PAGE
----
Visual Studio Macros are one way to increase productivity when a particular action or task needs to be repeated multiple times. Addins are another. Almost anything that can be done in the Visual Studio Integrated Development Environment (IDE) manually can be done through macros, except for thinking!
A good place to start with macros is playing with the interesting samples shipped with Visual Studio. You can view the samples using the Macro Explorer.
Macros under VSEditor are especially interesting. Open a project in the
editor and run the macros by right clicking and choosing Run.
Right clicking on the macro and choosing Edit brings up the Visual Studio Macro editor. You can either create new modules, macros or edit existing ones. The Macro editor has the same look and feel as the Visual Studio editor, so getting around isn’t difficult. Every macro that you write is basically a VB procedure.
Debugging Visual Studio macros are a breeze! Just place a break point in the Macro editor, jump back to the Visual studio editor and run the macro.
The Visual Studio editor itself is efficient at productivity. For e.g. the Comment and Uncomment selection feature is a boon for getting code out of the way which it does, by individually commenting the selected lines. However for using C style multi-line comments like /* .. */ there is no way to do this.
For example I want to comment the first parameter bar in Foo() below:
private void Foo(int bar, string name)
There is no built in way to do so; Visual Studio macros to the rescue! Using the Visual Studio automation model it can be done easily. The following function comments out selected code using multi line comments. Copy this function to the Visual Studio Macro editor. To use this macro, simply select code anywhere in the Visual Studio Editor and run it.
Here is the Sample Code
The logic itself is pretty straight forward. As soon as we are invoked, get the selection, its location, process it and re-insert if required, back in to the source.
The “DTE”(Development Tools Extensibility) object represents the instance of the Visual Studio development environment in which this macro is hosted. This is available as a static or shared member of the EnvDTE library for building macros. One of the many members of the DTE object is the ActiveDocument property. This represents the current document (windows form, web form, code window) open in the Visual Studio IDE and exposes it through the EnvDTE.Document interface. This is the place we want to start at, since most of our work would be on a text document. The ActiveDocument.Selection property returns an Object, which we contain in a TextSelection interface. This represents the current text selection in the active document open in the Visual Studio IDE. This would however fail if the document open is a designer document like a form or UserControl.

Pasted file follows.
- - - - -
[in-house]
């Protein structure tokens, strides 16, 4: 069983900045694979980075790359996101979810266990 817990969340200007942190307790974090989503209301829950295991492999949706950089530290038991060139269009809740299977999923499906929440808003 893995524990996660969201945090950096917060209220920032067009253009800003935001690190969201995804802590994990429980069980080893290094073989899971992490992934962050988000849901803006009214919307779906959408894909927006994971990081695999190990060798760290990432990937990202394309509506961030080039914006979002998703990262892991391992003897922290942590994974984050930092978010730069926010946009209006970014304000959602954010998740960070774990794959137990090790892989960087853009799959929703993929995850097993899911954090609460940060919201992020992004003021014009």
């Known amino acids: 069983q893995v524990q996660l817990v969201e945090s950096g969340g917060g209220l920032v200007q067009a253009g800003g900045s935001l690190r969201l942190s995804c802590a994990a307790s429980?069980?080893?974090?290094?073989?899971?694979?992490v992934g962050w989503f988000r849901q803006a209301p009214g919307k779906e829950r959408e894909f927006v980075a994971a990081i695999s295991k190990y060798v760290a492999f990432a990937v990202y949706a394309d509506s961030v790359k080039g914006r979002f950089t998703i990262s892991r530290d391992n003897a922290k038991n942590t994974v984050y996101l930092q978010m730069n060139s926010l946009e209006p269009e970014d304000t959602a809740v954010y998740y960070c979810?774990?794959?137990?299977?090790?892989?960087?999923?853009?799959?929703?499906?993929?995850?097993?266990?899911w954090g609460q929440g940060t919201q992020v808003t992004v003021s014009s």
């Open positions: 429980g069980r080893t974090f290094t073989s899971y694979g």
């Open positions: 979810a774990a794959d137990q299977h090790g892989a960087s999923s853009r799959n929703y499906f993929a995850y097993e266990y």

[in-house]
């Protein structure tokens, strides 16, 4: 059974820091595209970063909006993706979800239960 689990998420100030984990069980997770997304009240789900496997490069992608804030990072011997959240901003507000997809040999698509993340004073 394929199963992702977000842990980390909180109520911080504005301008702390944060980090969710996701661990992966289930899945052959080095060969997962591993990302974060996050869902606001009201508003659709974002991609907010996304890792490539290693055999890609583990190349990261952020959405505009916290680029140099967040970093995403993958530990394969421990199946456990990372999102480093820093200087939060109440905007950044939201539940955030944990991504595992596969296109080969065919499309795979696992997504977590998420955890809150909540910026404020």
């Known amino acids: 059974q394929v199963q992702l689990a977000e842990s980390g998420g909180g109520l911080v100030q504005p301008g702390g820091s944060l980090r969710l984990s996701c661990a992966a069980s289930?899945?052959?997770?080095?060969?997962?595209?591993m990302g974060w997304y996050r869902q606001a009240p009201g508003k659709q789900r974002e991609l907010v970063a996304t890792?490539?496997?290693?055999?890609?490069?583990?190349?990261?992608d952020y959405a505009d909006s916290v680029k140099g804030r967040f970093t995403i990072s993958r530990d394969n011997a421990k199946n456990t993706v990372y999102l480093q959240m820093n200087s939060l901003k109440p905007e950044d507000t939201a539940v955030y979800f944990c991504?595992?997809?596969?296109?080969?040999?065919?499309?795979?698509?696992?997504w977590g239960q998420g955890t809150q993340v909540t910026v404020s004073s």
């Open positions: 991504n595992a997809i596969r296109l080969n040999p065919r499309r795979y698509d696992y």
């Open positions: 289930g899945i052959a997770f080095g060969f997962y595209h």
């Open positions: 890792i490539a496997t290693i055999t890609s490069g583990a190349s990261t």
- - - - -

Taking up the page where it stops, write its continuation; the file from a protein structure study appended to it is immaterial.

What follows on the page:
Once we have the text selection, we operate on it. We try and make life a little easy on the user if there is no selection, by working on the current line, similar to the single line commenter of Visual Studio. In other words, if there is no selection we assume that the user wants to comment the entire single line and simulate the selection. Next, delete the selection and insert new processed text.
Similar logic applies to the FMS_UnComment() function. The only difference, is the use of string.Replace() to delete comment characters.
To support undo logic in one step, we use the DTE.UndoContext(). Once either of these macros has been successfully used, the Edit->Undo and Edit->Redo features can be used reliably.
You can add more frills to this simple functionality and increase its usability by adding the date (System.DateTime.Today) and the user name (System.Environment.UserName) or any other standards that your company requires, within the comments.
Thank you! Thank you! I just finished reading this document, which was part of a link in the recent Buzz newsletter. I have printed it for others to read, especially those skeptical on the powers of Access and its capabilities.